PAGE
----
Before modern technology existed, civilizations built incredible structures and sculptures that would live on in infamy. This is the Temple of Artemis at Ephesus.
Built to honor the greek goddess, Artemis, the Temple at Ephesus was described as the most decadent and ornate of all of the 7 ancient wonders. Built on a hilltop in present-day Turkey, its construction took place not only once, but three times over the course of its existence. Destroyed each time by war or flooding, it was finally lost in 401 A.D. In its day, the temple would have been the pinnacle of society, and its engineering would have been unmatched. So, how was the massive stone building built?
Construction on the original temple began in about 800 B.C., where it was then destroyed around 200 years later. Used to worship greek gods and goddesses, the architecture was influenced by both Greek and Near-eastern styles. Supporting the building was 127 marble columns, each 60 feet high. Many speculate that these columns were rolled up to the location by teams of workers and animals, then a cantilevered crane, or more likely earthen ramps, was used to lift them into place.
The temple was shaped in rectangular fashion, measuring 377 feet by 180 feet. The rectangular shape was the only aspect of the structure that wasn’t extravagant. Each marble column featured beautifully engraved caps and inside the temple, there were many highly detailed sculptures of Amazon warriors. Gold and silver adorned the details of the structure. It was a place built for extravagance and beauty over functionality. Most famously, Antipater of Sidon, the man who compiled the list of the 7 ancient wonders, spoke of the Temple as more marvelous than any of the other wonders.
Engineering such a place of extravagance has embedded the temple even further into the history books. Each time the structure was built, it was rebuilt in the same location on the same foundation. Every aspect of the structure was built using marble, which made the process nothing short of difficult. Construction is rumored to have taken over 120 years, although exact estimates are hard to confirm. Like many other large construction projects of this time, workers would have used large earthen ramps to roll segments of the columns to location. Other reports of the construction of the temple claim that engineers would have had access to large cantilevered crane technology which would have been used to lift stones into place. From a mechanical perspective, this method seems more plausible, but it is still questioned whether this technology would have existed at the time.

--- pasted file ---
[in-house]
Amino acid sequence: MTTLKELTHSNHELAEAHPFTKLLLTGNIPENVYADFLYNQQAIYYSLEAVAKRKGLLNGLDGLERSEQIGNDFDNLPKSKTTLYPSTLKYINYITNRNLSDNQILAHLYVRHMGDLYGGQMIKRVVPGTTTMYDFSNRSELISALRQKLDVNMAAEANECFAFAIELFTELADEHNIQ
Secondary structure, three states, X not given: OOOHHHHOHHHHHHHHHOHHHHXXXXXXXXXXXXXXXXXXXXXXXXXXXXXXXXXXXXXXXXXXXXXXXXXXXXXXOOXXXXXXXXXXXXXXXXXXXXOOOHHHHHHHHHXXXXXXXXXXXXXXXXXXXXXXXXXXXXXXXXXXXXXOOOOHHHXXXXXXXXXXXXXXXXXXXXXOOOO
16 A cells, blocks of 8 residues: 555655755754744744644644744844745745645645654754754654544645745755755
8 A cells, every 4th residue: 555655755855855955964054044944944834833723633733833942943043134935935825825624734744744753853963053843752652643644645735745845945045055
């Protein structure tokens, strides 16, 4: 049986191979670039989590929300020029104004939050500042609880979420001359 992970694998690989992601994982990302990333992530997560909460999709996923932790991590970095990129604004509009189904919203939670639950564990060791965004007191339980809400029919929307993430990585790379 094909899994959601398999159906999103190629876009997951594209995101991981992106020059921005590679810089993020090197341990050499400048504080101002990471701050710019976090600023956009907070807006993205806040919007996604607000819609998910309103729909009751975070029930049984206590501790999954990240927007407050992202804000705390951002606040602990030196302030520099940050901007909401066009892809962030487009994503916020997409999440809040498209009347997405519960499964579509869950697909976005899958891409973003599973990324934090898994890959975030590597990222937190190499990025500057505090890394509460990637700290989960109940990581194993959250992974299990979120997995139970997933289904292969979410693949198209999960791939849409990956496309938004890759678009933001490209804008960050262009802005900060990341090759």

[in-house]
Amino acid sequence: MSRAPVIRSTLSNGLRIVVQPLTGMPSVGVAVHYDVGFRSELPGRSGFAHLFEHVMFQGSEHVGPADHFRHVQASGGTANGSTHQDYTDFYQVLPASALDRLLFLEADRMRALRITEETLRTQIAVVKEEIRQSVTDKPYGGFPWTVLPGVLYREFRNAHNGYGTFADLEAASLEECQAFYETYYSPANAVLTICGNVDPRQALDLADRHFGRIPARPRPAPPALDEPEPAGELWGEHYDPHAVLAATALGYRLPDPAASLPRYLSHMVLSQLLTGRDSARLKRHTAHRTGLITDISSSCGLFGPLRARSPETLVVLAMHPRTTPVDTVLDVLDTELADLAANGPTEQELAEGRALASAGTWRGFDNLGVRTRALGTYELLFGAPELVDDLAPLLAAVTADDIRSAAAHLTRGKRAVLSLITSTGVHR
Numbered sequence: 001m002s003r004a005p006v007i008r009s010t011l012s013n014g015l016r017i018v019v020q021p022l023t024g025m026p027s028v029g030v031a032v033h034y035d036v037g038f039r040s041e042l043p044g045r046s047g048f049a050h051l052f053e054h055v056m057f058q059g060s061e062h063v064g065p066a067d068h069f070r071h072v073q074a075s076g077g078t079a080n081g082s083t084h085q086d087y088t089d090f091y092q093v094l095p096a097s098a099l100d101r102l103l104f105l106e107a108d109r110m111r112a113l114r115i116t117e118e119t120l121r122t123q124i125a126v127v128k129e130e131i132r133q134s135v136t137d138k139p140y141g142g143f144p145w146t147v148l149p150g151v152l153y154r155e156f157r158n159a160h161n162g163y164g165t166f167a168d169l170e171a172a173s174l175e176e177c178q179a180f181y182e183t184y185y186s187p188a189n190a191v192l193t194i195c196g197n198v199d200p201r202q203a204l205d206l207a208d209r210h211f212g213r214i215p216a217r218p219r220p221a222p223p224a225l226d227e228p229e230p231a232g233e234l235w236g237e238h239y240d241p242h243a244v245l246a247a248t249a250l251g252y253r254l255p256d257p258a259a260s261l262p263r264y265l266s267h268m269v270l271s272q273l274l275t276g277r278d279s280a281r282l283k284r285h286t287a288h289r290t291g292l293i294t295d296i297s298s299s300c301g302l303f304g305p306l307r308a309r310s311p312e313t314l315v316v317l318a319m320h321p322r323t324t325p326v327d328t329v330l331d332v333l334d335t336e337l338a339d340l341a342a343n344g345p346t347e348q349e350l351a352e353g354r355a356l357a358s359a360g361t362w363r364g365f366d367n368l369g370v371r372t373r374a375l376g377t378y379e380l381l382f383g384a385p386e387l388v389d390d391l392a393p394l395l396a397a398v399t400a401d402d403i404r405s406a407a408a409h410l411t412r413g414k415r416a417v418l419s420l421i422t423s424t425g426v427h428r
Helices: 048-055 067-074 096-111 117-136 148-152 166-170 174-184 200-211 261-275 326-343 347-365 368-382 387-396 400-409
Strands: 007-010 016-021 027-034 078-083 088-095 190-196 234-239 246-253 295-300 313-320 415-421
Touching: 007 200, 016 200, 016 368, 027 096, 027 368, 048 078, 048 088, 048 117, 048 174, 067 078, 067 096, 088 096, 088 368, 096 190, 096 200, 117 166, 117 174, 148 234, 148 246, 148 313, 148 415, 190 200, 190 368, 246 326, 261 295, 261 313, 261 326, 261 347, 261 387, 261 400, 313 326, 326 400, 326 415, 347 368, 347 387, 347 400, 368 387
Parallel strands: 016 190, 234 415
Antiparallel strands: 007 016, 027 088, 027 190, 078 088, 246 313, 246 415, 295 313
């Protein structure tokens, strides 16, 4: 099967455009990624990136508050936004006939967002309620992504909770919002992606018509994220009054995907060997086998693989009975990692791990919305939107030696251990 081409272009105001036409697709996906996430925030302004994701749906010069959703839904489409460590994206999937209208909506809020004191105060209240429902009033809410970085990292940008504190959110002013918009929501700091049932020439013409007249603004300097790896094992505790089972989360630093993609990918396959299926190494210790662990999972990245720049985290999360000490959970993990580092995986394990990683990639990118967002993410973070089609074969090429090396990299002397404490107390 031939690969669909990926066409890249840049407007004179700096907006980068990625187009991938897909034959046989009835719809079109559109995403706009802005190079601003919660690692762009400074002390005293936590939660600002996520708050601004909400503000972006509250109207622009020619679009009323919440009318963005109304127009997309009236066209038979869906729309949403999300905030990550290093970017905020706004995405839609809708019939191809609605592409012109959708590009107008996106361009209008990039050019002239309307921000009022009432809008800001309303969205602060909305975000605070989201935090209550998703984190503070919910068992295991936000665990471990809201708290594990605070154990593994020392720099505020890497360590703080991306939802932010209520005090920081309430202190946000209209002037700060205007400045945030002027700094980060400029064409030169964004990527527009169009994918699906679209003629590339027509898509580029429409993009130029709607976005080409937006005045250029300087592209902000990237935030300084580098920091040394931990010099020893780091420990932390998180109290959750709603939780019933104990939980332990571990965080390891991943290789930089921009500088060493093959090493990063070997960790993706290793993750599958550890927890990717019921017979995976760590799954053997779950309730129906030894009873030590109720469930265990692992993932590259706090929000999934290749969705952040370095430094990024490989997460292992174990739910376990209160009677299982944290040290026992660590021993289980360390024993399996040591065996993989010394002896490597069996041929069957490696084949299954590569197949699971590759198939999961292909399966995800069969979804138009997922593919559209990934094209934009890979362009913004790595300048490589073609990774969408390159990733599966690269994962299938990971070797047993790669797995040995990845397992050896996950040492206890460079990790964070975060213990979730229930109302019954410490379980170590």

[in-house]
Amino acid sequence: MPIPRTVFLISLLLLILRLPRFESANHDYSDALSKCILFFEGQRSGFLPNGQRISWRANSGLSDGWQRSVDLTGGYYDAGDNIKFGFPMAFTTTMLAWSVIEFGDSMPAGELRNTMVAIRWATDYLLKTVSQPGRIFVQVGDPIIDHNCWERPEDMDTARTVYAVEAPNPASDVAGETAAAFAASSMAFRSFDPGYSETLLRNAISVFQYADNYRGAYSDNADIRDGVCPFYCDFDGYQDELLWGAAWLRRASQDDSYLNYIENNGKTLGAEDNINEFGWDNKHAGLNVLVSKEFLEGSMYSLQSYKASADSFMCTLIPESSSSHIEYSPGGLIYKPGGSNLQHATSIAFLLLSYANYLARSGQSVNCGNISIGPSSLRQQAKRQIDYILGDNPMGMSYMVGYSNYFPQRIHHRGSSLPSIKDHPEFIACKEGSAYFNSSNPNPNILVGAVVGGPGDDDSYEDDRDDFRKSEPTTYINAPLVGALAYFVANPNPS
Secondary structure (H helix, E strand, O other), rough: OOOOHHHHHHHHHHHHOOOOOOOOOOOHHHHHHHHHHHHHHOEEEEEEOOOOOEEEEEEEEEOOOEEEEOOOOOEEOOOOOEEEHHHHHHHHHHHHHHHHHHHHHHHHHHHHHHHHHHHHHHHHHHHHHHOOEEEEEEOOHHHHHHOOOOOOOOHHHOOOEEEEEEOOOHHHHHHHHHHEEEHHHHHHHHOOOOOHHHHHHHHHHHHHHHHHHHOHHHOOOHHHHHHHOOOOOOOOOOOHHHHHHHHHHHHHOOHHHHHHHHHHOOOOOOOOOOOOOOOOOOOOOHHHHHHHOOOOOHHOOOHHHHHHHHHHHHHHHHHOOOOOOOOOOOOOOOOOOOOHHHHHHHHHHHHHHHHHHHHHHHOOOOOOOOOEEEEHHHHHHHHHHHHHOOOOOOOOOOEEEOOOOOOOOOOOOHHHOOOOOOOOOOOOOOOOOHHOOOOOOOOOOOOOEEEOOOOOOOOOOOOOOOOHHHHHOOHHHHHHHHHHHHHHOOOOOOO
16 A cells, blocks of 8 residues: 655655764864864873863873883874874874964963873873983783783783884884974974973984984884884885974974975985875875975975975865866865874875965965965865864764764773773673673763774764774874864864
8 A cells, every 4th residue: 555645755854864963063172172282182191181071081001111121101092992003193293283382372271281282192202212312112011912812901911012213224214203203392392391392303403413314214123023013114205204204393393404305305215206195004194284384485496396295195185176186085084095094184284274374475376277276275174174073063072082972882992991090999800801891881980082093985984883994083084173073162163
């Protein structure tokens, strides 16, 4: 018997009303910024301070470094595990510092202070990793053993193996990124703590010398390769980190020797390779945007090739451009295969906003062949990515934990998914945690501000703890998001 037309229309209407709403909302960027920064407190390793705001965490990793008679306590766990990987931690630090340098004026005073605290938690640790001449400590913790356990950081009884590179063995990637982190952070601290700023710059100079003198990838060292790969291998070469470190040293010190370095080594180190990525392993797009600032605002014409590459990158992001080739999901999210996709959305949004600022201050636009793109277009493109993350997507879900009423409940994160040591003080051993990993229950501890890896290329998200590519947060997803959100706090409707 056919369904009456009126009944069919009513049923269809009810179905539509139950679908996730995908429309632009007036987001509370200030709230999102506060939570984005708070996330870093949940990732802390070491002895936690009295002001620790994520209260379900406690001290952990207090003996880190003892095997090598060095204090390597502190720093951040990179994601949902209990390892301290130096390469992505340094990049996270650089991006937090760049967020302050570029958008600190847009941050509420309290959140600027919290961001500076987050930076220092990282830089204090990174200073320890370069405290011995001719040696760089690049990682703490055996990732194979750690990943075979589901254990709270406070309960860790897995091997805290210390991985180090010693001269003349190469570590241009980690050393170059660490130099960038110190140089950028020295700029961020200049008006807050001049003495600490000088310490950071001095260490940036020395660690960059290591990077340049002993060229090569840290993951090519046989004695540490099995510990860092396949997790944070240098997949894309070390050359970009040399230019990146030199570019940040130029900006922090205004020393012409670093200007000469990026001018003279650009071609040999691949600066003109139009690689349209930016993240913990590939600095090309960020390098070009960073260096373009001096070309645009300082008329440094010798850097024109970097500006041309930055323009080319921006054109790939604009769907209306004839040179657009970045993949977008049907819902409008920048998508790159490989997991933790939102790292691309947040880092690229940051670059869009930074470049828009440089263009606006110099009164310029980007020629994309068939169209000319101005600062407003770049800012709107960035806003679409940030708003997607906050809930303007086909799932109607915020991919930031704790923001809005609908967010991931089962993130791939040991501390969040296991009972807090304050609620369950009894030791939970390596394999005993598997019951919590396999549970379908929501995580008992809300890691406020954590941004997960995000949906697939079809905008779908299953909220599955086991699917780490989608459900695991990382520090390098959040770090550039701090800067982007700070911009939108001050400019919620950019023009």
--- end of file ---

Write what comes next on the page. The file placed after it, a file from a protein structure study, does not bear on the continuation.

For the most part, construction of the marble temple took place exactly like one would play with building blocks. The supporting columns were erected first, then marble beams were placed to span the gap and allow for a support for the roofing structure. While the construction would have been up to par to build the structure, it didn’t make it necessarily resistant to outside loading forces. Flooding, wars, and even possible earthquakes ultimately destroyed each version of the temple. Examining its history, it would seem that engineers could never build a structure that would last more than a few hundred years.
Of all of the 7 wonders, the Temple of Artemis at Ephesus was the most beautiful of all structures. Although it had a history filled with destruction, it stood for many years as the hallmark of ancient engineering.